I recently read an interesting article in the Mining Magazine May 2015 edition called “Top 10 Technologies”.  One of the new technologies that jumped out at me is the capability to directionally drill pit dewatering wells.   This is an oil field technology from Schlumberger Water Services that is being applied to mining.  More information is at this link (see Well Placement Technology for Mine Dewatering).
One of my past projects was a diamond mine in northern Canada.  The granitic rock mass was geotechnically very competent with limited jointing and fracturing. Groundwater seepage into a partly permafrost could create a host of operational problems in winter as well as affect pit wall stability.  Most of the groundwater flows were predicted to be along a few main structures or along single open joints.   These structures were near vertical, which created a problem when trying to intercept them with vertically drilled pumping wells.  Either you hit one or you don’t.
The use of directional drilling of pumping wells can be a great innovation.    It gives the opportunity to bend the pumping well to a more horizontal orientation, allowing the well bore to cut across vertical structures rather than parallel to them.   In addition, one can drill wells near the pit crest bending them in towards the ultimate pit bottom.  This may help improve drainage near the operating benches in the pit as it deepens and may eliminate the need to install inpit pumping wells.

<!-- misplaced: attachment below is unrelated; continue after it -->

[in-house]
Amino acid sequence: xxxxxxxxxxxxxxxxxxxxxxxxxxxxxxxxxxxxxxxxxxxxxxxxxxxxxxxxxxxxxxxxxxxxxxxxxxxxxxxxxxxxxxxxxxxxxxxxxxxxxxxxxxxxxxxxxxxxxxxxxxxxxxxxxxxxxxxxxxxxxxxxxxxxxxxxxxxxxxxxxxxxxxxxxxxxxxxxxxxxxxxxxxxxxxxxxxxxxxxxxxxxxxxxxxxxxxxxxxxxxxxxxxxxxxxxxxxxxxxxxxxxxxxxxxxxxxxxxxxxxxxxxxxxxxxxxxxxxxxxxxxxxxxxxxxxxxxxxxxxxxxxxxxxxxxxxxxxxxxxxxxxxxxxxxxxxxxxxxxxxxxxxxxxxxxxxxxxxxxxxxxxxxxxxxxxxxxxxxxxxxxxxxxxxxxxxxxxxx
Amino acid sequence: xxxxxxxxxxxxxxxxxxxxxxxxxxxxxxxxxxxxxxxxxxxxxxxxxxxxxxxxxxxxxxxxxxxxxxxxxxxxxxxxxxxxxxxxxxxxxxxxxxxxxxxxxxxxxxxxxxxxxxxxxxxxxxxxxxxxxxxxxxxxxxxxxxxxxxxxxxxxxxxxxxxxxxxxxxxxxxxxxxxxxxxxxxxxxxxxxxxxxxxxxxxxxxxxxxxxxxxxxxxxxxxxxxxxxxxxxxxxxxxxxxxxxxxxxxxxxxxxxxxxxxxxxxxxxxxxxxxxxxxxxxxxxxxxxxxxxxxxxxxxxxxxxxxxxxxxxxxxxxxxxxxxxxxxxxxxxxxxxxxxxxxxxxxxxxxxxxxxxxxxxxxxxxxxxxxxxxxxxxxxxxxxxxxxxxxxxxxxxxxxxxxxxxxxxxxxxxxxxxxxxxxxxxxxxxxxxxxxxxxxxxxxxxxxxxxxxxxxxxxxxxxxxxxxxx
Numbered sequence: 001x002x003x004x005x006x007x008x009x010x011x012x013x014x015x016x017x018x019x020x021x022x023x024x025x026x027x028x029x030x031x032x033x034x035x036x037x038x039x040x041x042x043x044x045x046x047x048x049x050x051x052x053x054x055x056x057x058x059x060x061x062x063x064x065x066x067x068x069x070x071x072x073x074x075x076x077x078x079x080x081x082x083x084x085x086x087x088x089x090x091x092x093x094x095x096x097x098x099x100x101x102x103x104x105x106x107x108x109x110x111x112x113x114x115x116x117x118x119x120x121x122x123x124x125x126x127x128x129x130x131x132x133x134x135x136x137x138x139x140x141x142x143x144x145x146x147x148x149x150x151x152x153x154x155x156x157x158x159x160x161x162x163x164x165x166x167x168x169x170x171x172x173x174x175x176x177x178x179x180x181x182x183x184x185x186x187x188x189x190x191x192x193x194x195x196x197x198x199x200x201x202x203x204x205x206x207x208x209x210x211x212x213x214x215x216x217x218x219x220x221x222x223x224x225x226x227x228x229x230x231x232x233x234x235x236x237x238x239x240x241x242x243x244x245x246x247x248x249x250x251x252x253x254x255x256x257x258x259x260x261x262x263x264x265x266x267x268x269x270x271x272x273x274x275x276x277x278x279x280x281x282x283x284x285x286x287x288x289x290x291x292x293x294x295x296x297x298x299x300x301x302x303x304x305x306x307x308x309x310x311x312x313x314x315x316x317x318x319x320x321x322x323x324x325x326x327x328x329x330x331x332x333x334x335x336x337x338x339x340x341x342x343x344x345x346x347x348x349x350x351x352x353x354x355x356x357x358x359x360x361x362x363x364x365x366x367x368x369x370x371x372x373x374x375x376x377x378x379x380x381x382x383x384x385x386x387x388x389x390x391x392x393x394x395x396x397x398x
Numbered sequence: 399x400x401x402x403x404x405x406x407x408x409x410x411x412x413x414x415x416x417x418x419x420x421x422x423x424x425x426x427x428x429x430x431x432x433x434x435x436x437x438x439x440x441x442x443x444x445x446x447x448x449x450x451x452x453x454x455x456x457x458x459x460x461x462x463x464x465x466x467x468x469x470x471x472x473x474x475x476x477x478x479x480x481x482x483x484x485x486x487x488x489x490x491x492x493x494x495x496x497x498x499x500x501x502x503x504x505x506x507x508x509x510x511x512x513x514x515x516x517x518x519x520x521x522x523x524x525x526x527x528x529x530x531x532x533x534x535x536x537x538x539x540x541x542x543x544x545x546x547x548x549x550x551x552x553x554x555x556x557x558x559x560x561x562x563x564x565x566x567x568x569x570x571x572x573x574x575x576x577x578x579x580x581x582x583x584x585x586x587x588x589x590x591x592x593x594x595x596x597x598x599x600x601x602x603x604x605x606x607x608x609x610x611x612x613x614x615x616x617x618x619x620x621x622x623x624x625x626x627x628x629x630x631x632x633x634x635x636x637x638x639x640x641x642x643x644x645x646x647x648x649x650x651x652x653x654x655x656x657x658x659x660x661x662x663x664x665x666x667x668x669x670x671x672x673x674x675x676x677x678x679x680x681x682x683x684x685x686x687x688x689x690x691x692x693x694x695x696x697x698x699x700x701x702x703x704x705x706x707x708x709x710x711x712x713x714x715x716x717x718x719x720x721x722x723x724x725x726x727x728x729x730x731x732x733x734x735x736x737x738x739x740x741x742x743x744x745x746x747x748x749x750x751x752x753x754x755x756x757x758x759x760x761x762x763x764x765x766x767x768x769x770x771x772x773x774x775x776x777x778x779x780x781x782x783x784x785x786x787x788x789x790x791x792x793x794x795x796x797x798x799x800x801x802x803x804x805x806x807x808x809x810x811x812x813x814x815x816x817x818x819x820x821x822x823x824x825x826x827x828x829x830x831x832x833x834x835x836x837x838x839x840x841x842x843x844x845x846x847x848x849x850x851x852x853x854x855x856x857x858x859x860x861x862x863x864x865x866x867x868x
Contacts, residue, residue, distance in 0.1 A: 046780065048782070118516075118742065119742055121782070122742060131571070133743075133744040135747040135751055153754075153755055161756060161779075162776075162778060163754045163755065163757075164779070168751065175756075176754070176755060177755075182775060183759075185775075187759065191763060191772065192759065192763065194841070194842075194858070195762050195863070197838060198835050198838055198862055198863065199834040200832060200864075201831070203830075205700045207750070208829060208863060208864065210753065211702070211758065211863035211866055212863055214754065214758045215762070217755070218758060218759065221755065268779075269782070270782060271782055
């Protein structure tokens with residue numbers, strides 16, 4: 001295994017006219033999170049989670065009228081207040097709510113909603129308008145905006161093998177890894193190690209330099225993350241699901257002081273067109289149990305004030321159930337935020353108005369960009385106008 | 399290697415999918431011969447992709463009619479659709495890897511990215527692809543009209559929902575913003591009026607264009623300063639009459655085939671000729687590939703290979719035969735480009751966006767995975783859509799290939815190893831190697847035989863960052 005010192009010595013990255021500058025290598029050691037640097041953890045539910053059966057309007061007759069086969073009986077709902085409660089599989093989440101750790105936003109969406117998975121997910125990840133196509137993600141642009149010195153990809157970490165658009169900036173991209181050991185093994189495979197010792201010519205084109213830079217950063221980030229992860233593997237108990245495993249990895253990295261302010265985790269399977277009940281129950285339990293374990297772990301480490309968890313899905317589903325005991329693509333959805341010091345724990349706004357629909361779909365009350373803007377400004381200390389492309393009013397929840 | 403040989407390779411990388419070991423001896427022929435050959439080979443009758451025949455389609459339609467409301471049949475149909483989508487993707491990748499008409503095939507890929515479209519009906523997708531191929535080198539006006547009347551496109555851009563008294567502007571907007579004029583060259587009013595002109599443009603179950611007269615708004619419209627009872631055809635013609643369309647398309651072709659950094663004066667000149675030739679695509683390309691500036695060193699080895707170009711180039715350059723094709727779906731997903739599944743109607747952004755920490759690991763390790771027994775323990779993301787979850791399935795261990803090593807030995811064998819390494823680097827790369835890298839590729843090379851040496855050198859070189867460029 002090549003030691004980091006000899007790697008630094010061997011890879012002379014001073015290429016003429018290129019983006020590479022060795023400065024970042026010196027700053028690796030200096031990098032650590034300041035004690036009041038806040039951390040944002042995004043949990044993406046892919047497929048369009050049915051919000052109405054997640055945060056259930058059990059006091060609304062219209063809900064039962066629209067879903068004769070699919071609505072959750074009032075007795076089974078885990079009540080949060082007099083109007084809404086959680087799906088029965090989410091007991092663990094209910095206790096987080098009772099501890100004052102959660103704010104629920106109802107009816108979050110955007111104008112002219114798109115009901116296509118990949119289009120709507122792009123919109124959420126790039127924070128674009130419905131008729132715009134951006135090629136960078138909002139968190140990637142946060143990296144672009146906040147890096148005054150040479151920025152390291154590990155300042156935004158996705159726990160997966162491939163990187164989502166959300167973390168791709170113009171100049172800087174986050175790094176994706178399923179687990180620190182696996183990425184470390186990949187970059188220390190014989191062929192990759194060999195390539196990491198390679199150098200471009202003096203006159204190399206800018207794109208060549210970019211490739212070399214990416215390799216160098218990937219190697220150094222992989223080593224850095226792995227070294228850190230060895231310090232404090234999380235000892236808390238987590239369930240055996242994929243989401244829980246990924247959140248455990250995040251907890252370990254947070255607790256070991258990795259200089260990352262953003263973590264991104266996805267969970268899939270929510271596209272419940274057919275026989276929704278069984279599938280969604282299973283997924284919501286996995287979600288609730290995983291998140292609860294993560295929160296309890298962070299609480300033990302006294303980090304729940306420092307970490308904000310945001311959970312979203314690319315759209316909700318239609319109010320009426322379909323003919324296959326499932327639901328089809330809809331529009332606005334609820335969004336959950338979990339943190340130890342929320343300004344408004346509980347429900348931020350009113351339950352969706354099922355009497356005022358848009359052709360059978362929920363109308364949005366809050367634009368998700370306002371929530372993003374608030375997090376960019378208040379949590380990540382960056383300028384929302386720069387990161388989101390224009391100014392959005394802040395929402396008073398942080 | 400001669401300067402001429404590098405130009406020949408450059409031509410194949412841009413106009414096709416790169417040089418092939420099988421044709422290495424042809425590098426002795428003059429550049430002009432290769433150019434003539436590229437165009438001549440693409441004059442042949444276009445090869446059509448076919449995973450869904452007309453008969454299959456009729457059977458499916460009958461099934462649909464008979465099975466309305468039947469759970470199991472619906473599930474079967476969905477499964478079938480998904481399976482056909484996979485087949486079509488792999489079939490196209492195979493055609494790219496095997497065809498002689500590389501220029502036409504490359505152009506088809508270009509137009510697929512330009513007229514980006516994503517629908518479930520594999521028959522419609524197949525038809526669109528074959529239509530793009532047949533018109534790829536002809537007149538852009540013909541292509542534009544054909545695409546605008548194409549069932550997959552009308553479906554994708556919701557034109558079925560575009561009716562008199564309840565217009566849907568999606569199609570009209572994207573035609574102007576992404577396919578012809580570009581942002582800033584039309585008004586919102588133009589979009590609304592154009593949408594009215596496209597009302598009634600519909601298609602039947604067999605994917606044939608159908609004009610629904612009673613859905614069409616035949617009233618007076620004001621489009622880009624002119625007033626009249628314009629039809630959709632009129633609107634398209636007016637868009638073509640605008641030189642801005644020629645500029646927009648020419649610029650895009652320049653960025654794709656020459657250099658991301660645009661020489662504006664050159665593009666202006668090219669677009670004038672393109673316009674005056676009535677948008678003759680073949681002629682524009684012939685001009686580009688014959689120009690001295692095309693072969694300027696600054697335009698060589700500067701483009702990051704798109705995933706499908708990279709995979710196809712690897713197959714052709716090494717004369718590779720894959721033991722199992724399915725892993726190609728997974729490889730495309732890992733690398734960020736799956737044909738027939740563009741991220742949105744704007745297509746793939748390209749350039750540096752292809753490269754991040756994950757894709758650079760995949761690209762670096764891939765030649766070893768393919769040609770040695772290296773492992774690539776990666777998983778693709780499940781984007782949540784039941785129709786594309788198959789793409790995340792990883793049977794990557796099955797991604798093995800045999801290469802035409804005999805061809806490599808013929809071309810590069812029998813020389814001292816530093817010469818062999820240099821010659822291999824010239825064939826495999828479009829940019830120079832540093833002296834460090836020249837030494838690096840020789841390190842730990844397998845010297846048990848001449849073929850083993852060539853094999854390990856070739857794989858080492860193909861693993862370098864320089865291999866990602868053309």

In addition, some open pits have constructed underground drainage galleries around the pit circumference to help intercept groundwater seepage.  Possibly directionally drilling aligned parallel to the pit wall can replicate these drainage galleries at a much lower cost.
My bottom line is that the directional drilling innovation makes a lot of sense to me and mine operators should take a look at it, it might improve their pit dewatering systems.